Cornell University is known for, among other things, the beautiful gorges interwoven throughout campus, its charter granting founder Ezra Cornell’s oldest living descendant a lifetime trustee position, and Ezra’s famous words: “I would found an institution where any person can find instruction in any study.”
Cornell is also known for its strong institutional commitment to students’ rights — it is a university that strives to uphold its founder’s vision by guaranteeing each and every student the right to “free and open inquiry and expression.” However, 152 years after Ezra spoke Cornell’s motto into existence, this guarantee is threatened by proposed revisions to Cornell’s student code containing pernicious restrictions on students’ freedom to associate with their colleagues. FIRE calls on Cornell to ensure that its code of conduct reflects its laudable promise to safeguard students’ rights.
As part of a 2020 review of its campus policies, Cornell has proposed a revised affiliations policy that would severely limit how its students can associate with one another. The policy would prohibit students from “knowingly affiliat[ing] with groups, teams, or organizations that have had their University recognition or registration withdrawn, suspended or permanently revoked by the University for disciplinary reasons,” adding: “The definition of affiliation includes joining, rushing, pledging or being involved in any activity that would normally be associated with being a member of such an organization.”
Educational institutions, like Cornell, must adhere to their explicit, written commitments to uphold students’ rights — including the right to free association.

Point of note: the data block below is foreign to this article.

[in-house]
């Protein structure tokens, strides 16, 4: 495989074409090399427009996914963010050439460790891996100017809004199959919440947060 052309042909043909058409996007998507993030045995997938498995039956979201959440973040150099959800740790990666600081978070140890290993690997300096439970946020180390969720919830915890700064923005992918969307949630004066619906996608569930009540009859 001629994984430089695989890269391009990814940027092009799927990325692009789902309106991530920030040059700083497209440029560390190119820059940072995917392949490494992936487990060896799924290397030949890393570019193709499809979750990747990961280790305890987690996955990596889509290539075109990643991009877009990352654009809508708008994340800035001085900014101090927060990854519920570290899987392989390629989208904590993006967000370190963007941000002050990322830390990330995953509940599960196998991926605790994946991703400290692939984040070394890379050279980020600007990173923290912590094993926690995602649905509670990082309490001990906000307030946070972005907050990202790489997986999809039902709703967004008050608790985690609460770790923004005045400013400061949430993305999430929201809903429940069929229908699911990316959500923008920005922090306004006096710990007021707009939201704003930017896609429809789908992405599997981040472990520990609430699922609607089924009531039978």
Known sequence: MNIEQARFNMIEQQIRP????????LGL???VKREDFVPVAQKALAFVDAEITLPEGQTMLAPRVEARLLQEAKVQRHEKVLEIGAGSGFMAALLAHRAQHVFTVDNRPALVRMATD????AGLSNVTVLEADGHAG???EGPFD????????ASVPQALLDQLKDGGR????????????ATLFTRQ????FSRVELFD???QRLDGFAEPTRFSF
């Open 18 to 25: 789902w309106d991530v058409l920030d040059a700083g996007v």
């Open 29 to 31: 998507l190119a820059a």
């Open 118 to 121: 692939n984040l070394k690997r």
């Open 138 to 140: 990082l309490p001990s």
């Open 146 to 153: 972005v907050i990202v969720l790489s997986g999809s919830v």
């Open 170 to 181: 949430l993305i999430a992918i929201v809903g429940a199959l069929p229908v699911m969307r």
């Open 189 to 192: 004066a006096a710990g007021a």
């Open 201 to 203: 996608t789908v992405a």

At Cornell, like at most other universities, students can form groups around their common interests and apply for university recognition, which bestows upon the groups numerous benefits such as the ability to request university funds, schedule events on campus, and utilize university resources like student listservs and campus advertising spaces. In exchange, the student group agrees to abide by university rules, such as limits on group expenditures (drugs, weapons, fireworks, etc.), and annual university certification of student leadership positions and organizational bylaws. It’s an arrangement familiar to thousands of student groups at Cornell, and hundreds of thousands of student organizations at their universities nationwide.
When recognized student groups are found responsible for misconduct, universities may revoke their rights and privileges, up to the “death penalty” of permanent derecognition — the most severe punishment reserved for serious organizational wrongdoing, akin to expelling a student. Derecognized groups remain just that — student groups that are not officially recognized by a university. Such groups, when they become completely unaffiliated with the university, stand on equal footing with other groups in the broader university community. Universities can no more prohibit association with formerly-recognized groups than it can bar membership in the local Elks Club or bowling league.
This is because educational institutions, like Cornell, must adhere to their explicit, written commitments to uphold students’ rights — including the right to free association. In the words of the United States Supreme Court, this freedom entails “the right of the individual to pick his own associates so as to express his preferences and dislikes, and to fashion his private life by joining such clubs and groups as he chooses,” as well as the “right to associate with others in pursuit of a wide variety of political, social, economic, educational, religious, and cultural ends.”
As a university dedicated to the core values of “free and open inquiry and expression” and fostering “a community of belonging,” Cornell has made a strong institutional commitment to defend — not abrogate — its students’ freedom to associate with the sports teams, fraternities, and other student groups that have fallen into disfavor with the university administration. Its policies must reflect this commitment.
FIRE calls on Cornell to protect its students’ rights by rejecting this proposed restriction on freedom of association.